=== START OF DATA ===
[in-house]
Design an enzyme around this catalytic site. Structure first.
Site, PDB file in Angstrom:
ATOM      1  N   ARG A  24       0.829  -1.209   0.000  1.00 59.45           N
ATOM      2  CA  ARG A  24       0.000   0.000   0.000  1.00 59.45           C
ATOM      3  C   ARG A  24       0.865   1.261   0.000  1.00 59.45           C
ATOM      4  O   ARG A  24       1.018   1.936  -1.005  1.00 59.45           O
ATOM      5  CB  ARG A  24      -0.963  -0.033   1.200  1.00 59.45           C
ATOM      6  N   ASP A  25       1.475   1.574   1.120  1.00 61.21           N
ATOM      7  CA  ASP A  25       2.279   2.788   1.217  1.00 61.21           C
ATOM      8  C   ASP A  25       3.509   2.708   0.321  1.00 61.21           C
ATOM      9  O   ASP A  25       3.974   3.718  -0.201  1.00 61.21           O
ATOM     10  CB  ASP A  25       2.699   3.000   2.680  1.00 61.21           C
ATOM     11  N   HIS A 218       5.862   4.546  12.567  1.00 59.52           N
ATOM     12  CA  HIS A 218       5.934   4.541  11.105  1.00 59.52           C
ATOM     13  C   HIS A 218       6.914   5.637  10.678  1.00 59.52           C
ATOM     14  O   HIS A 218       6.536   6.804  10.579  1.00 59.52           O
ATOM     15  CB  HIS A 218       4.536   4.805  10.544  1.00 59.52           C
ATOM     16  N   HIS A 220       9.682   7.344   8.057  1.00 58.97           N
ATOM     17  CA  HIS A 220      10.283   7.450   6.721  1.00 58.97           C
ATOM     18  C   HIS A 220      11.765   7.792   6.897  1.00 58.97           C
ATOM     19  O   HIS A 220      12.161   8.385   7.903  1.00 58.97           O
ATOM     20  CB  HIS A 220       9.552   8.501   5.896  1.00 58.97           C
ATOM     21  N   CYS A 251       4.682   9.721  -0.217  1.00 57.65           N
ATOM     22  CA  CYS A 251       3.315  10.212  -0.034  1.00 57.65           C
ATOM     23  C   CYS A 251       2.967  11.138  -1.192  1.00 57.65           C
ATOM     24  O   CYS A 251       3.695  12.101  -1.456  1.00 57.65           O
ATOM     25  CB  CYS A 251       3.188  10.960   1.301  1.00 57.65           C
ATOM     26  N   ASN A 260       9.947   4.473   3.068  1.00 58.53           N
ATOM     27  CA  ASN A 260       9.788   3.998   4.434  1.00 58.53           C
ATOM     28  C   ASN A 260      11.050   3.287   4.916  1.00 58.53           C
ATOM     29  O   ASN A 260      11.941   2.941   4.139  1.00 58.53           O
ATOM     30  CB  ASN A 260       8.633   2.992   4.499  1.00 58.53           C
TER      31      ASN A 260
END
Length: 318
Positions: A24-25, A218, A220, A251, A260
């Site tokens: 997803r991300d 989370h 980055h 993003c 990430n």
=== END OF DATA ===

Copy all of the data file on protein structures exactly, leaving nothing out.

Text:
[in-house]
Design an enzyme around this catalytic site. Structure first.
Site, PDB file in Angstrom:
ATOM      1  N   ARG A  24       0.829  -1.209   0.000  1.00 59.45           N
ATOM      2  CA  ARG A  24       0.000   0.000   0.000  1.00 59.45           C
ATOM      3  C   ARG A  24       0.865   1.261   0.000  1.00 59.45           C
ATOM      4  O   ARG A  24       1.018   1.936  -1.005  1.00 59.45           O
ATOM      5  CB  ARG A  24      -0.963  -0.033   1.200  1.00 59.45           C
ATOM      6  N   ASP A  25       1.475   1.574   1.120  1.00 61.21           N
ATOM      7  CA  ASP A  25       2.279   2.788   1.217  1.00 61.21           C
ATOM      8  C   ASP A  25       3.509   2.708   0.321  1.00 61.21           C
ATOM      9  O   ASP A  25       3.974   3.718  -0.201  1.00 61.21           O
ATOM     10  CB  ASP A  25       2.699   3.000   2.680  1.00 61.21           C
ATOM     11  N   HIS A 218       5.862   4.546  12.567  1.00 59.52           N
ATOM     12  CA  HIS A 218       5.934   4.541  11.105  1.00 59.52           C
ATOM     13  C   HIS A 218       6.914   5.637  10.678  1.00 59.52           C
ATOM     14  O   HIS A 218       6.536   6.804  10.579  1.00 59.52           O
ATOM     15  CB  HIS A 218       4.536   4.805  10.544  1.00 59.52           C
ATOM     16  N   HIS A 220       9.682   7.344   8.057  1.00 58.97           N
ATOM     17  CA  HIS A 220      10.283   7.450   6.721  1.00 58.97           C
ATOM     18  C   HIS A 220      11.765   7.792   6.897  1.00 58.97           C
ATOM     19  O   HIS A 220      12.161   8.385   7.903  1.00 58.97           O
ATOM     20  CB  HIS A 220       9.552   8.501   5.896  1.00 58.97           C
ATOM     21  N   CYS A 251       4.682   9.721  -0.217  1.00 57.65           N
ATOM     22  CA  CYS A 251       3.315  10.212  -0.034  1.00 57.65           C
ATOM     23  C   CYS A 251       2.967  11.138  -1.192  1.00 57.65           C
ATOM     24  O   CYS A 251       3.695  12.101  -1.456  1.00 57.65           O
ATOM     25  CB  CYS A 251       3.188  10.960   1.301  1.00 57.65           C
ATOM     26  N   ASN A 260       9.947   4.473   3.068  1.00 58.53           N
ATOM     27  CA  ASN A 260       9.788   3.998   4.434  1.00 58.53           C
ATOM     28  C   ASN A 260      11.050   3.287   4.916  1.00 58.53           C
ATOM     29  O   ASN A 260      11.941   2.941   4.139  1.00 58.53           O
ATOM     30  CB  ASN A 260       8.633   2.992   4.499  1.00 58.53           C
TER      31      ASN A 260
END
Length: 318
Positions: A24-25, A218, A220, A251, A260
């Site tokens: 997803r991300d 989370h 980055h 993003c 990430n």